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ILSHS > Volume 27 > Yeats’ “Leda and the Swan”: A Myth of Violence
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Yeats’ “Leda and the Swan”: A Myth of Violence

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Abstract:

W. B. Yeats‟ "Leda and the Swan", first published in the Dial in 1924, is an example of Irish poetry drawing on Classical Greek and Latin texts to create a commentary on the political atmosphere in Ireland. The poem is based on the story of Leda, who was raped by Zeus in the form of a swan and later gave birth to Helen of Troy. In Yeats‟s poem, Leda represents Ireland, forcefully violated by a foreign power — Great Britain. The present study reviews mythological as well as political aspects of Yeats‟ “Leda and the Swan” and investigates the act of violence in the poem.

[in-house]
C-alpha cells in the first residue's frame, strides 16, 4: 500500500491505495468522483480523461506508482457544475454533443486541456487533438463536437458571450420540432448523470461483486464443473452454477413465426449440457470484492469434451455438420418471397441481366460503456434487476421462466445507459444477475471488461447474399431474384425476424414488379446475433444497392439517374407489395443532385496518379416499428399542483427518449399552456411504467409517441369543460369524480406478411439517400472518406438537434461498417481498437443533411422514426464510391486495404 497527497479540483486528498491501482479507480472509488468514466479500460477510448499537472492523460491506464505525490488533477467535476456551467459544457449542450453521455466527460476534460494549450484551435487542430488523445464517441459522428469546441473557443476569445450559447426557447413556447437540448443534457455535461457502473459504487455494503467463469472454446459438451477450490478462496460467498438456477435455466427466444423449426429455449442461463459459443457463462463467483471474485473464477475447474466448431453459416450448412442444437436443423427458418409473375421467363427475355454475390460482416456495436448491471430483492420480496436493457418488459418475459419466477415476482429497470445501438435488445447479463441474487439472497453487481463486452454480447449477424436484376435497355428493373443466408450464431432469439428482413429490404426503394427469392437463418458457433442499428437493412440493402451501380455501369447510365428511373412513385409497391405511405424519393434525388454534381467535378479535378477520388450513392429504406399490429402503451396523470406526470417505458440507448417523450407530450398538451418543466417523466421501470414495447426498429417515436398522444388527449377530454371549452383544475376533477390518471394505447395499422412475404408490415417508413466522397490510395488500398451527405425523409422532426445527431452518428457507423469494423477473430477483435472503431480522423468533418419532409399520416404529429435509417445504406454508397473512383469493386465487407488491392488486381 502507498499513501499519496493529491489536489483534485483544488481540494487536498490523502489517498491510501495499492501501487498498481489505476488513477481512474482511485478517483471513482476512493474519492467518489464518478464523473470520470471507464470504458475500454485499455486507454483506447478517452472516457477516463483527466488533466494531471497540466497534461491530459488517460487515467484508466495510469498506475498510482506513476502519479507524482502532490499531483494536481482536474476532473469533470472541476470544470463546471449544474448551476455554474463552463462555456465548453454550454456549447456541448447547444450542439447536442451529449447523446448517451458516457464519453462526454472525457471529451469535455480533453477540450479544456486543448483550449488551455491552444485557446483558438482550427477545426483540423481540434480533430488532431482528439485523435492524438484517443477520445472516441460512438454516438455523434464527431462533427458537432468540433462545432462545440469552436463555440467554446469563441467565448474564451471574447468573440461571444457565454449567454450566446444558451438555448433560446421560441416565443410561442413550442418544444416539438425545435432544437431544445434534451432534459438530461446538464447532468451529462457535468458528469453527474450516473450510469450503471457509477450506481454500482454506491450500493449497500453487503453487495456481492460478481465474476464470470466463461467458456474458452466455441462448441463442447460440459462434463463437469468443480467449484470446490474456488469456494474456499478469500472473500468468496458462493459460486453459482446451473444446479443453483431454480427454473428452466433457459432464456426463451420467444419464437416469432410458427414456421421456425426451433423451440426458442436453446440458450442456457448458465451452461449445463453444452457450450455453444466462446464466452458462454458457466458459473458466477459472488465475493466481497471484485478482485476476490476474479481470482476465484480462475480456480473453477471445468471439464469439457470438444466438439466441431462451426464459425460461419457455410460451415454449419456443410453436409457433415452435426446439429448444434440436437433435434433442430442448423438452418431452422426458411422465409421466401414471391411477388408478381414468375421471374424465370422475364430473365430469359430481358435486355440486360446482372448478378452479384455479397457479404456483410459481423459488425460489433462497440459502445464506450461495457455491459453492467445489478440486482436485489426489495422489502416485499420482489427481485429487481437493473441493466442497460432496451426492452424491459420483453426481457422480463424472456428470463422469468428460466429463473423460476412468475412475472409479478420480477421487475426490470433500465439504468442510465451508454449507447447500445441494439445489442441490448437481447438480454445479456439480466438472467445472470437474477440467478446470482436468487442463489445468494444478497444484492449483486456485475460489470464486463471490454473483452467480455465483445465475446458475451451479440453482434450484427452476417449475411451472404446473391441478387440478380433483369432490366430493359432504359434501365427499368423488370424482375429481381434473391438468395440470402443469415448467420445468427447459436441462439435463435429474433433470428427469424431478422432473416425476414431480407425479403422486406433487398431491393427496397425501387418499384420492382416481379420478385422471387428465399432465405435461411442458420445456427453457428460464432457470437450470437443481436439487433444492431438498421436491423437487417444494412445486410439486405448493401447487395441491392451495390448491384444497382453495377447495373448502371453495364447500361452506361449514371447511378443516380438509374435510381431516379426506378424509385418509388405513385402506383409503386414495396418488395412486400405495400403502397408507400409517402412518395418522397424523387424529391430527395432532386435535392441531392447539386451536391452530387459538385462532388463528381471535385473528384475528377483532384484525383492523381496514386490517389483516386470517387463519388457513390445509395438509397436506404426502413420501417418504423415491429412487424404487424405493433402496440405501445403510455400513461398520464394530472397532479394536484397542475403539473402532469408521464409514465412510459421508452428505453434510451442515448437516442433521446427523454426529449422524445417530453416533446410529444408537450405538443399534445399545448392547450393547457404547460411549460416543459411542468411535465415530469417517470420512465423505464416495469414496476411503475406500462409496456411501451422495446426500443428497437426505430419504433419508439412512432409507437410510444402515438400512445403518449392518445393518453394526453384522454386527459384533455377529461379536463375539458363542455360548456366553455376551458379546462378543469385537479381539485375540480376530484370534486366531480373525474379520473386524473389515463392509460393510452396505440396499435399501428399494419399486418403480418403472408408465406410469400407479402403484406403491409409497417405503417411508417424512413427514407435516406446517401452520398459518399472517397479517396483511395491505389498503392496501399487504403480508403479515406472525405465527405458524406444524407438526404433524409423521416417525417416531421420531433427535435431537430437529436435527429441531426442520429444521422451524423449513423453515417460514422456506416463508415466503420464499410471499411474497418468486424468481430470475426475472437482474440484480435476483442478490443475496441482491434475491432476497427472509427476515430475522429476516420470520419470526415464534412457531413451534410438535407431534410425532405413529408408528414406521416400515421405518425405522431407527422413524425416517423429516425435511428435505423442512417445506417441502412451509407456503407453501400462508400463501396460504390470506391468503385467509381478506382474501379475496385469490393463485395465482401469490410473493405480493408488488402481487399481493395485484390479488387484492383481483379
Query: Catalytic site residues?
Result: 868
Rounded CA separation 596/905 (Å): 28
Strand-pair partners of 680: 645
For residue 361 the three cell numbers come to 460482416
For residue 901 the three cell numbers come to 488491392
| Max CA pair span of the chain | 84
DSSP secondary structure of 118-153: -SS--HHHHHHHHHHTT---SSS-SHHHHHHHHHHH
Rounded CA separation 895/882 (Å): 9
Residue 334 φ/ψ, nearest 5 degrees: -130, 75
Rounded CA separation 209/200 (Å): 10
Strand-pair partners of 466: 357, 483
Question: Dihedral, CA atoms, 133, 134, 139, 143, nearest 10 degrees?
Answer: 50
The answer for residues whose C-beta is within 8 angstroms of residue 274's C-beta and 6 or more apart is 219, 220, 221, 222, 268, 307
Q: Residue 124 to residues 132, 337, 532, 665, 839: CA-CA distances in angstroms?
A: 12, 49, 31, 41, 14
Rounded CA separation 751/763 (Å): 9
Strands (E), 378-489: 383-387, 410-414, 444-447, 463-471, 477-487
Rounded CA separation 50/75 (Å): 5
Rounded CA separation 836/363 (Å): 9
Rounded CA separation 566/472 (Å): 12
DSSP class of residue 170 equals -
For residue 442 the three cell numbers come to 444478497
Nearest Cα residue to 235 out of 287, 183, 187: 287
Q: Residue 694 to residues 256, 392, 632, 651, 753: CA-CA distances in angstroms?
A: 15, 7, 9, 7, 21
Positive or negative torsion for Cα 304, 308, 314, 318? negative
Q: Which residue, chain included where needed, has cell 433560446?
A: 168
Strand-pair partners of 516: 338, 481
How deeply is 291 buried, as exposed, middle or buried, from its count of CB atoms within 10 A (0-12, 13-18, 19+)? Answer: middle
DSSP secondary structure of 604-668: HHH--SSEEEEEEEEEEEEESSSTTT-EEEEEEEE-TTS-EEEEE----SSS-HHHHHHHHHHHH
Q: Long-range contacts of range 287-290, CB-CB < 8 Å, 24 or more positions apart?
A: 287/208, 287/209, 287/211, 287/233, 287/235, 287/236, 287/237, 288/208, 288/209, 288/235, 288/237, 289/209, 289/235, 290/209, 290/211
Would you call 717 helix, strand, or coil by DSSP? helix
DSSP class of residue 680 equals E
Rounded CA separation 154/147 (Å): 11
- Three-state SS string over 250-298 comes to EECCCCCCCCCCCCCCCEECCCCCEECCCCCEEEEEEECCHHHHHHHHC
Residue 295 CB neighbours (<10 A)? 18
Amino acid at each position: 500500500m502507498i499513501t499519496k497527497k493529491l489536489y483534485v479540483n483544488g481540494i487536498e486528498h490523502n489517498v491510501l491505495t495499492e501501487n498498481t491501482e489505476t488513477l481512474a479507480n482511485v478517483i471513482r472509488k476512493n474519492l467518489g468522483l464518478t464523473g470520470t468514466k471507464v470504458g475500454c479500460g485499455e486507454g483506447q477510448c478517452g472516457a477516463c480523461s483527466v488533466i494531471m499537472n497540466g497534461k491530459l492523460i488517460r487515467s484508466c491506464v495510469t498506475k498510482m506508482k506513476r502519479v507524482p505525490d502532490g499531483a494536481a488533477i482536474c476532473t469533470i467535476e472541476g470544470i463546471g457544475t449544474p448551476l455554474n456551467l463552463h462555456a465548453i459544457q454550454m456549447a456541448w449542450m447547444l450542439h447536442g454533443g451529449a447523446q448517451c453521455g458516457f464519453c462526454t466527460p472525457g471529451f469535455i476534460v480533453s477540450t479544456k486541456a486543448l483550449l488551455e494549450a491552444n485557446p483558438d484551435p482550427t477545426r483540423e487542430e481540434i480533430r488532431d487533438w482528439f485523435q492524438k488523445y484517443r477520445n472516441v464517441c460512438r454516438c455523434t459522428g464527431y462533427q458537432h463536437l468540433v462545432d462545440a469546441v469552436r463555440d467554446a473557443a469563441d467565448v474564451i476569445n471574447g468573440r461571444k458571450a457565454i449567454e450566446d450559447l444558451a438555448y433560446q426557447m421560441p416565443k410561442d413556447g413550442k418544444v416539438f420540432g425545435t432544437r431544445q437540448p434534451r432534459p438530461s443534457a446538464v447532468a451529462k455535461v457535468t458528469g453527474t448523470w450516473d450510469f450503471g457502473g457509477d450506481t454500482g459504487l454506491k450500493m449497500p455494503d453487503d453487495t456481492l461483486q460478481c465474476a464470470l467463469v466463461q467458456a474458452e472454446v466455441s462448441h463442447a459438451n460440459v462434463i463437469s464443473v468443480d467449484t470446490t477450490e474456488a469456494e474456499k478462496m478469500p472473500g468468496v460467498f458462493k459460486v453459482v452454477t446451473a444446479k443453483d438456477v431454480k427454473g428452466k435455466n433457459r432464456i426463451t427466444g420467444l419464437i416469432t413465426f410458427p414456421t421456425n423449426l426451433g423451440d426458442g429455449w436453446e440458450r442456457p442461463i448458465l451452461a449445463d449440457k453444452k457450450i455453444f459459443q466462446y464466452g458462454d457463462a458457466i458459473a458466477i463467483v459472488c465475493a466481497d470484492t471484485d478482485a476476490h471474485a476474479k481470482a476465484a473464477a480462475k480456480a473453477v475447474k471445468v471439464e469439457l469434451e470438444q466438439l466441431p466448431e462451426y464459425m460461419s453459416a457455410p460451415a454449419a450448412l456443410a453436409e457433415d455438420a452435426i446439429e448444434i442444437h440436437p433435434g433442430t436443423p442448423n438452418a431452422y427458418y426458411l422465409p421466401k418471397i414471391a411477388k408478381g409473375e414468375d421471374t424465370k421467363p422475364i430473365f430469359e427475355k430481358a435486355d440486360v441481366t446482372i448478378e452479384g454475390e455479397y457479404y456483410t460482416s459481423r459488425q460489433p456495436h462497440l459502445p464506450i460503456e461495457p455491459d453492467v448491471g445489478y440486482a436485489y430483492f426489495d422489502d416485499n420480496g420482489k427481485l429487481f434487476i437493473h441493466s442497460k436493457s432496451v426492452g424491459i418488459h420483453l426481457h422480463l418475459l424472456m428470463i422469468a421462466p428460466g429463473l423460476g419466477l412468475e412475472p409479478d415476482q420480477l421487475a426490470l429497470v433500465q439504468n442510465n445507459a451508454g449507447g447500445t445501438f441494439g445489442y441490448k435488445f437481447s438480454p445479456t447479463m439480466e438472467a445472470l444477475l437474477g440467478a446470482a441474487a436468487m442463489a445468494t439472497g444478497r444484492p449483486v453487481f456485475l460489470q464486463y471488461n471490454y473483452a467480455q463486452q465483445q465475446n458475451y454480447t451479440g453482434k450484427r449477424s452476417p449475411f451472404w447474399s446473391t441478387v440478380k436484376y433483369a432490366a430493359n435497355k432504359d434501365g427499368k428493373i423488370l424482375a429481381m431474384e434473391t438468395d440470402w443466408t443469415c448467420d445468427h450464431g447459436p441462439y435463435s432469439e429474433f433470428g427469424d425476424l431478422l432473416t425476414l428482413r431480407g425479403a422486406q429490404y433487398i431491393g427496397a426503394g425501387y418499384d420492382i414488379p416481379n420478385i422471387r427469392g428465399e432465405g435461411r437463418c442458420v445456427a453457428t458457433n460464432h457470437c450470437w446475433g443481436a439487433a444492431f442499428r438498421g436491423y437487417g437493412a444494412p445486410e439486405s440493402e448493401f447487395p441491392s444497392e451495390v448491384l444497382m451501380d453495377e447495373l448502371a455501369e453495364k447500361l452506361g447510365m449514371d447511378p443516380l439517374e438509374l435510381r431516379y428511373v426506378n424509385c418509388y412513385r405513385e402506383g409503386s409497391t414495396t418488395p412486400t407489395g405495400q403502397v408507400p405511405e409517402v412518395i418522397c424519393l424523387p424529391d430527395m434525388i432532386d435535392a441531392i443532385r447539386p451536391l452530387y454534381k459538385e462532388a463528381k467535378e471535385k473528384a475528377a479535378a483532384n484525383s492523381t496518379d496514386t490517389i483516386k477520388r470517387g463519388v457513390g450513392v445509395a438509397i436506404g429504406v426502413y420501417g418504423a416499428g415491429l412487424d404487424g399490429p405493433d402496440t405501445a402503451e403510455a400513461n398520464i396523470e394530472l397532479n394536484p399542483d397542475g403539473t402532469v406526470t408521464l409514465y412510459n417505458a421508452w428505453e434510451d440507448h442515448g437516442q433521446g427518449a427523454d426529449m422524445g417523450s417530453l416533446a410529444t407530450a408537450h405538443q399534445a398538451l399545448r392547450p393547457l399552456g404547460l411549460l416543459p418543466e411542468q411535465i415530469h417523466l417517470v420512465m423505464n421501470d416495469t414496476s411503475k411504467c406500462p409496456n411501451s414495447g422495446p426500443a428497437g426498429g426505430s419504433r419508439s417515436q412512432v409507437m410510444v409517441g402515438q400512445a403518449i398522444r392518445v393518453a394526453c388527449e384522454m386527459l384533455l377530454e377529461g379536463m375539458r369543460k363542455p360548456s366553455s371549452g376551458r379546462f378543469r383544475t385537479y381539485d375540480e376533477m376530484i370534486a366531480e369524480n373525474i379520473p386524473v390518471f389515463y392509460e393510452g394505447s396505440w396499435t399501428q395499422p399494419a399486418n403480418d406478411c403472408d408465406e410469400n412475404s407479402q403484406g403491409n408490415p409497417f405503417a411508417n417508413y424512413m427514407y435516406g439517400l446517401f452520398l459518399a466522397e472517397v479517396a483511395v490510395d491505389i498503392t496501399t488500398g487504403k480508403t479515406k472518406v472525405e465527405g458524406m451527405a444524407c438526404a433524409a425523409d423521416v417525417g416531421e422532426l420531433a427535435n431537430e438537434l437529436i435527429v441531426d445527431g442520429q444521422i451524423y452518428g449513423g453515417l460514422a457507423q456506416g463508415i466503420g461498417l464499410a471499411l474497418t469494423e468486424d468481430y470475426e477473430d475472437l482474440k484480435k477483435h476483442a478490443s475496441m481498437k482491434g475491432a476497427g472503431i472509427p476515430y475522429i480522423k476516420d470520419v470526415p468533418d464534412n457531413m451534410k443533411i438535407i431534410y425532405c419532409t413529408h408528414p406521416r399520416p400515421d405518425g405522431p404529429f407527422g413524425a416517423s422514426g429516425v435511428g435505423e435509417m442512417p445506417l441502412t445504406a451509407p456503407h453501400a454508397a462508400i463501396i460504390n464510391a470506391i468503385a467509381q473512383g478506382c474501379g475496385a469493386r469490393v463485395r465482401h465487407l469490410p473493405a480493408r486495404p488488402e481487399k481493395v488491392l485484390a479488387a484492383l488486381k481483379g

Info:

Periodical:
International Letters of Social and Humanistic Sciences (Volume 27)
Pages:
170-176
DOI:
10.18052/www.scipress.com/ILSHS.27.170
Citation:
R. Babaee and W. R. Wan Yahya, "Yeats’ “Leda and the Swan”: A Myth of Violence", International Letters of Social and Humanistic Sciences, Vol. 27, pp. 170-176, 2014
Online since:
May 2014
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